One of the great ski racers of the 1980s was born in Lustenau, Austria on July 18, 1963. Marc Girardelli won the overall World Cup title 5 times (1985, 1986, 1989, 1991 & 1993), the most on the Men’s side.
Although he was born in Austria, he spent his 16 year World Cup career racing for Luxembourg (1980-1996). He started racing as a kid for Austria until he was 12, but switched due to a coaching disagreement. Showing up on the World Cup Circuit in the era of discipline specialization, we became one of the rare competitors to compete and have success in all Alpine disciplines.
Started having success in slalom in 1983. In 1985 he won 11 races and captured the Slalom, Giant Slalom and Overall World Cup titles. I will always remember the Giradelli-Zurbriggen duals for Overall World Cup from 1984-1990 where they owned the Overall title. Zurbriggen retired in 1990 after winning 4 titles in those years, Girardelli tied the Swiss skier with his 4th titles the year after and surpassed the record 2 years later.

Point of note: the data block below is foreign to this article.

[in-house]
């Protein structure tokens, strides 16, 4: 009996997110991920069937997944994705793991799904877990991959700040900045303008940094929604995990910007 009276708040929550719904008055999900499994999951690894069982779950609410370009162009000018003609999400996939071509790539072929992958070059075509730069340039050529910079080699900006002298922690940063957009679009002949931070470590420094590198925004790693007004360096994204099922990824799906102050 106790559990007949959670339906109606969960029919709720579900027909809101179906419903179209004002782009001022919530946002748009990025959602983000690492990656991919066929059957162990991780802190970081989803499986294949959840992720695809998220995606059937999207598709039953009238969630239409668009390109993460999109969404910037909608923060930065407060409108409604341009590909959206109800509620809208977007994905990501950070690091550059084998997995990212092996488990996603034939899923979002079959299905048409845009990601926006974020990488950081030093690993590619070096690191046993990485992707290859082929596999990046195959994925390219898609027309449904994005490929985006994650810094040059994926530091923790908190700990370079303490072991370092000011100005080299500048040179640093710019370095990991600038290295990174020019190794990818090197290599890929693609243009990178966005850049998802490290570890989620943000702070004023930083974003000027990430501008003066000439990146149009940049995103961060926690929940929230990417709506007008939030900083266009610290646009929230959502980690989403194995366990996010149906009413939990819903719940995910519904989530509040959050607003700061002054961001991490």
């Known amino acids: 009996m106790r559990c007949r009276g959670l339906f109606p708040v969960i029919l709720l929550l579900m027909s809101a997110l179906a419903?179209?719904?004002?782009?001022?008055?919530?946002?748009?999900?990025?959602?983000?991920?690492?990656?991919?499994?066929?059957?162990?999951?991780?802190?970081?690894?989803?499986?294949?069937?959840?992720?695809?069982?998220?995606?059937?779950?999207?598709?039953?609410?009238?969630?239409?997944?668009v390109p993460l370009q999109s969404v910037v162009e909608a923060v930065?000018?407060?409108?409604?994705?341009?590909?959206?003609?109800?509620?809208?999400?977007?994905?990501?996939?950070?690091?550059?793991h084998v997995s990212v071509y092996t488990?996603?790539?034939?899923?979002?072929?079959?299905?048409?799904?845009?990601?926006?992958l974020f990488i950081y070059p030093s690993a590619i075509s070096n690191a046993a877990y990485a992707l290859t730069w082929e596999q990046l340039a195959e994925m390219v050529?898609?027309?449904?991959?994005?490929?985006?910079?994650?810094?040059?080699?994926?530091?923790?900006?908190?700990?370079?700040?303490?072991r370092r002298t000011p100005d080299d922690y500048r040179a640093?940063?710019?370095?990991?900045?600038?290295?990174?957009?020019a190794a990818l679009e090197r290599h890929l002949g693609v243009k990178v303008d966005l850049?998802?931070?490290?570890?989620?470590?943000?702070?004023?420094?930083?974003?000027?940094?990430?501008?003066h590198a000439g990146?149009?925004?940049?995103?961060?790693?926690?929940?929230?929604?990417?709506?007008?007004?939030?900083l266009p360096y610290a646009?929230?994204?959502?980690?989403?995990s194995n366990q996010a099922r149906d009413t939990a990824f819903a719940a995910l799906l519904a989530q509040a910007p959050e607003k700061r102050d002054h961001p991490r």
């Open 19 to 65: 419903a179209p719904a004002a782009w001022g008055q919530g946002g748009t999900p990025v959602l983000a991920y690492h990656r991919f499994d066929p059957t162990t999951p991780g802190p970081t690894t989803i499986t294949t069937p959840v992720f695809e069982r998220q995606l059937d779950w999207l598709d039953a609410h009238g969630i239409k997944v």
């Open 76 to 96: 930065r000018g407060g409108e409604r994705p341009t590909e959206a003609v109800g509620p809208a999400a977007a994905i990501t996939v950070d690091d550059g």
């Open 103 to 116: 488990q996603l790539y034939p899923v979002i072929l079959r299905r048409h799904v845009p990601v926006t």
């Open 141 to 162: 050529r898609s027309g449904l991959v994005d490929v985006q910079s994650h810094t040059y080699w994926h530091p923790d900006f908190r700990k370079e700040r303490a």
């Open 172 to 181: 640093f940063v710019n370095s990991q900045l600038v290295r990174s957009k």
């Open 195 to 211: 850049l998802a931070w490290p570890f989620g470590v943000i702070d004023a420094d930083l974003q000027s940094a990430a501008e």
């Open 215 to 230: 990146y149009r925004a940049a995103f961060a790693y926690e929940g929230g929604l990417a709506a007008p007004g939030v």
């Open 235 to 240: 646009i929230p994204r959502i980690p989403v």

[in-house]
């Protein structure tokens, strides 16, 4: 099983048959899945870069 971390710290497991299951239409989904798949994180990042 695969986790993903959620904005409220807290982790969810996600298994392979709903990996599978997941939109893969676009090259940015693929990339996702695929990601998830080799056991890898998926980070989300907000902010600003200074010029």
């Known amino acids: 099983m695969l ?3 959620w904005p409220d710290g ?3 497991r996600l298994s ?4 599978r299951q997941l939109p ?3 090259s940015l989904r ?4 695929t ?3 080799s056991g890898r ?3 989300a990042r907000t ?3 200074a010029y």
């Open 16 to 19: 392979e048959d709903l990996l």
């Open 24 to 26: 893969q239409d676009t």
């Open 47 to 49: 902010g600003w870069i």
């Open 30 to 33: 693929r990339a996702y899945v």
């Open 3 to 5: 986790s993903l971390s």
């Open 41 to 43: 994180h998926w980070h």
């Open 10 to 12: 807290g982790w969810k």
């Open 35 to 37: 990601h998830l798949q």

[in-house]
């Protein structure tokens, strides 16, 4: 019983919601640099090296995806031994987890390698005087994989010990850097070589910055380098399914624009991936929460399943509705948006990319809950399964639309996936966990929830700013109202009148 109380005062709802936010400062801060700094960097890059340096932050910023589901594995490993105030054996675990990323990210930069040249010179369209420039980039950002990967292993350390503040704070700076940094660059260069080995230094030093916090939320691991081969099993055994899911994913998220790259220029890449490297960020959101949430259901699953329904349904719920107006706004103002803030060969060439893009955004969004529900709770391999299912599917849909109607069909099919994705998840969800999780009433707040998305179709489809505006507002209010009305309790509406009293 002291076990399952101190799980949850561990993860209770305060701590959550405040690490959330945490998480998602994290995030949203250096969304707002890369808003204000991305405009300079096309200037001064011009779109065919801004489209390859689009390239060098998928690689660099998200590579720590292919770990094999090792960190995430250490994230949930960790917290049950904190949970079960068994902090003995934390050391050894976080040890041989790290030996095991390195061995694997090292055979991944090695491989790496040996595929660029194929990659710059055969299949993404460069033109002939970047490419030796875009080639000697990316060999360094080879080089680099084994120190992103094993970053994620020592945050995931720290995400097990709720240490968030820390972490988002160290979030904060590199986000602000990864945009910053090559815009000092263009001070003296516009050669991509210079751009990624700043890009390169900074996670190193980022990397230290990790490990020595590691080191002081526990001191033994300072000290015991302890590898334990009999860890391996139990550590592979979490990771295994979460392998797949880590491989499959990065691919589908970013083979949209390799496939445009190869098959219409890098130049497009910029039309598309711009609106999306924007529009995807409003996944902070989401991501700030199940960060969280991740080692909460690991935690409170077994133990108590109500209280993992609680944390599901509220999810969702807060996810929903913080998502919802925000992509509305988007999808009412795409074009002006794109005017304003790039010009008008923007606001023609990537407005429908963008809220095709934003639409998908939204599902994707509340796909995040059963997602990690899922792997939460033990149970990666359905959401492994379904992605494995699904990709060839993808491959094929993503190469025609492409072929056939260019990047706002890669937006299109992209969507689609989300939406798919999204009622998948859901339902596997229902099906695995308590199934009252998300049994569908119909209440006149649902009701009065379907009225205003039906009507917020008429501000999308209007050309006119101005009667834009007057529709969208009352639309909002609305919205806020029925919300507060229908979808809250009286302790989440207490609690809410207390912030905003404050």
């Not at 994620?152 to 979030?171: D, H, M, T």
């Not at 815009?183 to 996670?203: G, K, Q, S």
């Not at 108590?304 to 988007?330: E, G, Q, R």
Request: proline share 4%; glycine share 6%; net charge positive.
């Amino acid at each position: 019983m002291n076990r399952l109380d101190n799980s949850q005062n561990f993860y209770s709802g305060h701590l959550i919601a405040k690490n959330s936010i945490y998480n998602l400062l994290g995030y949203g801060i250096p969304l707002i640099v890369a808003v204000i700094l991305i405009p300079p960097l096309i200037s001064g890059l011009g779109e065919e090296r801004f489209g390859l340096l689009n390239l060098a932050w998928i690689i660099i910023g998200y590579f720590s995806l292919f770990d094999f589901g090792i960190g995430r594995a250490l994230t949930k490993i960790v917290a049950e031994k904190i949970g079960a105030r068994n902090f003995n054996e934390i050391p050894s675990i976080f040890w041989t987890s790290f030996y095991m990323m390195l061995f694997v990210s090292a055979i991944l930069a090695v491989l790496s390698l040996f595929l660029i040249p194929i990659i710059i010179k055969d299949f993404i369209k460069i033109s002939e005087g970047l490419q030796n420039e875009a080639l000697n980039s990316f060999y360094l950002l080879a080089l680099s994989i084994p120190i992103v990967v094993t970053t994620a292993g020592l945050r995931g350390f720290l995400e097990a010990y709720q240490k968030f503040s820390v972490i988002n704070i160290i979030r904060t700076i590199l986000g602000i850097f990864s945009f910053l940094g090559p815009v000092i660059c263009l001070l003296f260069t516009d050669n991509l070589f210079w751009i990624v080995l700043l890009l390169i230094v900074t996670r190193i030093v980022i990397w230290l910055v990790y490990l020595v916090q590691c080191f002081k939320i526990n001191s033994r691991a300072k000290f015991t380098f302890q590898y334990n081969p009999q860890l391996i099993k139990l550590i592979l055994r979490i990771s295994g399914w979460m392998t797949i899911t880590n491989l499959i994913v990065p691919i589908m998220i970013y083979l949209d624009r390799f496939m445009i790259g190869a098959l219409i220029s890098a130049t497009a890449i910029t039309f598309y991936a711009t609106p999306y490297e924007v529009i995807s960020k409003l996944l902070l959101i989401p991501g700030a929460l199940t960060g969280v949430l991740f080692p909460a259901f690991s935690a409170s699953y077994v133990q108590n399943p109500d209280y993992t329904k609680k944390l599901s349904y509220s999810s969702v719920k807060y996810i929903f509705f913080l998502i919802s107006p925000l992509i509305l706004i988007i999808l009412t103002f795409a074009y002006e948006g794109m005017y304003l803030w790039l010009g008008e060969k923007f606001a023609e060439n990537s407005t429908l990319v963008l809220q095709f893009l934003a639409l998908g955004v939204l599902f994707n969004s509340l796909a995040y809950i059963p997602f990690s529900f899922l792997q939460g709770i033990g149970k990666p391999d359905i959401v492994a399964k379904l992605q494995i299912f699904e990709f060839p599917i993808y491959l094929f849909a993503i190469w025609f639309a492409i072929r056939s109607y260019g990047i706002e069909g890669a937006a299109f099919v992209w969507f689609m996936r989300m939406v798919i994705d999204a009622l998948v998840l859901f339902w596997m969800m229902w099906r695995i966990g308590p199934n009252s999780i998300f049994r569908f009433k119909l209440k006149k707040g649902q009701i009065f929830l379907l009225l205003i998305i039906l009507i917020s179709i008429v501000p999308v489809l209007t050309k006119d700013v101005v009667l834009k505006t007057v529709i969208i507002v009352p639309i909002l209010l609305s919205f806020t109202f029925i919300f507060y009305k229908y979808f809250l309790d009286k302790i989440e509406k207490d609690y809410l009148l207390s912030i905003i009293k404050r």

At the time of his first downhill win in Kitzbuehel in 1989, we became only second racer, after Pirmin Zurbriggen, to top the podium in each of the 4 disciplines during his career. Since that time, Günther Mader, Kjetil-André Aamodt andd Bode Miller are the only 3 other racers that have accomplished this feat.
The only feat missing is an Olympic Gold Medal. Giradelli didn’t have a Luxembourg citizenship and couldn’t compete until the 1988 Olympics. He won 2 silvers at the 1992 Albertville Games. He’s won Gold medals World Champions in Slalom (1987) and the Combined (1989, 1991 & 1996) and a total of 11 World Championship medals starting in 1985.
This week’s feature is a video bio of Marc Girardelli (in German):
Marc Girardelli’s Career:
5 Overall World Cup (1985, 1986, 1989, 1991 & 1993).
3 Slalom World Cup (1985, 1986 & 1991)
1 Giant Slalom World Cup (1985)
2 Downhill World Cup (1989 & 1992)
3 Combined World Cup (1989, 1993 & 1995)
46 victories (3 in Downhill, 9 in Super G, 7 in GS, 16 in Slalom and 11 in the Combined).
101 podiums (17 in Downhill, 18 in Super G, 26 in GS, 25 in Slalom, 14 in the Combined and 1 parallel (3rd place in Bromont, Québec).